What’s going on my people? This article has been over a year in the making, to be honest. Let me explain.
When I initially joined Ana on this adventure, I initially agreed to write strictly about the 1970’s and the dope songs that I came across from that era. As I sifted and sorted through this decade for tracks that I really enjoyed, I came across an album of Queen’s: “A Kind of Magic”. The album definitely has a futuristic space vibe to it, if the album cover wasn’t enough of an homage to that feeling.
While I enjoyed the album as a whole, what kept me coming back to the album was one track in particular: Princes of the Universe. From the jump, this track is full of energy, sick guitar riffs, and some gnarly vocals. Kind of explains why I felt like running through a brick wall the first time I heard the track. There was one problem though….
This album came out in 1986, so I personally felt I should step in someone else’s lane and write about a track from the 80’s, even though it was an awesome listen.
Another reason I hesitated writing about Queen was because of how much press they were getting last year with “Bohemian Rhapsody” film. Me being a Weenie Hut General club member, I thought it would be lame to write about a track for a band that was so popular in the main stream media.
Fast forward to this year, and that is no longer a problem. I have overcome these irrelevant roadblocks I’ve created for myself and finally decided to share my love for this track and the album that I have waiting so long to share with y’all.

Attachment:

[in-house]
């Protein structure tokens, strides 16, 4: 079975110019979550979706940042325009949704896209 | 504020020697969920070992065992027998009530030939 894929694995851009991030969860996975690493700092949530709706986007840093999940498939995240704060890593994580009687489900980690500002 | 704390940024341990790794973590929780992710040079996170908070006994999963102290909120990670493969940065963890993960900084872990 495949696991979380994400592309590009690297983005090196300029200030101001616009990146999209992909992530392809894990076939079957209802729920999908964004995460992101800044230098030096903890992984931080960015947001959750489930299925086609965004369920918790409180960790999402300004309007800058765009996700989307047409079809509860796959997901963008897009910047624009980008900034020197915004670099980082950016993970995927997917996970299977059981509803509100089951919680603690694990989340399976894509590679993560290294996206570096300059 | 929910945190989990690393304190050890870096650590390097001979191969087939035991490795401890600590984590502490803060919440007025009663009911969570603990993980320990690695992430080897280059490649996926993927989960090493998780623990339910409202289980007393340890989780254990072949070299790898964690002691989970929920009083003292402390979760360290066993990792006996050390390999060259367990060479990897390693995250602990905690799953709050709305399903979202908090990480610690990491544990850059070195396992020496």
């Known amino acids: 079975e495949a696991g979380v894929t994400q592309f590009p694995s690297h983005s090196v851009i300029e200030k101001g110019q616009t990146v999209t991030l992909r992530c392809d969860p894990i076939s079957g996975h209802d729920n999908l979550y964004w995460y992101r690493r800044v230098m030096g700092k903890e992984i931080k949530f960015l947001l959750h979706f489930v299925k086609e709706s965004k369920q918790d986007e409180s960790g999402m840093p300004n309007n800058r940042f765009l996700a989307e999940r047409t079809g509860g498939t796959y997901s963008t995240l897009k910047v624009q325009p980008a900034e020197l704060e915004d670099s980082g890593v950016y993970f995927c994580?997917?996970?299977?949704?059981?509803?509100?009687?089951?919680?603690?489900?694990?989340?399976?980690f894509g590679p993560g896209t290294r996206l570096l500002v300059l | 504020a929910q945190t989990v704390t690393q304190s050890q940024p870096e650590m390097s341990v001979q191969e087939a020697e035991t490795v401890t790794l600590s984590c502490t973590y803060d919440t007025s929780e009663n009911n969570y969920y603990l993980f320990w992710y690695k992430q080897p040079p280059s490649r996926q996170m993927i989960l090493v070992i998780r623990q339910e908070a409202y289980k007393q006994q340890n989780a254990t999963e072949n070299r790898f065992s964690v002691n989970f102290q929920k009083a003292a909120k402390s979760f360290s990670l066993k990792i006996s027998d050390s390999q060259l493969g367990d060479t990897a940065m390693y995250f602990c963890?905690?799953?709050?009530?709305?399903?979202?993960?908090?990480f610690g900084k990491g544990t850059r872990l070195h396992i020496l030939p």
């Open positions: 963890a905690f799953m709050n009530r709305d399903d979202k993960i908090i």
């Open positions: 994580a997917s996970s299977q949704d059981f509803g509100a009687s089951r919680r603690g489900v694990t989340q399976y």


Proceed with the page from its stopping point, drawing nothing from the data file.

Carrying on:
True story: I went to school at 2:00 AM on a Saturday night cause I’m cool like that, and I was just chilling in an empty classroom, listening to Doolittle. And I remember blasting Tame in my headphones and pretending I was performing the song live. I even threw myself on my knees at one point, as I got really into the Charles Thompson’s screaming. And this is when I realized how underrated he truly is. Not only can he play some pretty intricate rhythm guitar riffs, but he can do it while belting out lyrics with such liveliness and charisma; it really brings this song to life.
Let’s just also take a second to address the Pixies signature play on dynamics. They literally have a documentary titled “loudQuietloud” (It’s AMAZING and also free on youtube), and many artists, most notably Kurt Cobain, have credited the Pixies for inspiring certain songs that also follow a similar play on dynamics. Cobain himself has stated that he essentially was trying to rip off the Pixies when he was writing “Smells Like Teen Spirit”. Cobain, of course, had nothing but love for the Pixies and has listed them multiple times in his diary as a source of inspiration.
(*flavor flav voice*) ANNNNNND yeah boiiiii, let me tell ya, does this song play with dynamics. The verse of this song essentially comprises of Charles whispering and Kim Deal ripping a chunky bass line. And the song quickly erupts to chaos in the chorus, pushed along by Charles screaming, which I can only ever dare to replicate as I danced by myself in an empty classroom.
I think my favorite part of this song is when Charles and Kim start heaving and breathing loudly; it most certainly mimics the exhaustion I’m sure Charles feels when he sings this song. You can even see during the live version he sort of grimaces after every scream, and I can imagine him wishing the song was over, while I’m sitting over here replaying it over and over wondering why it’s so short.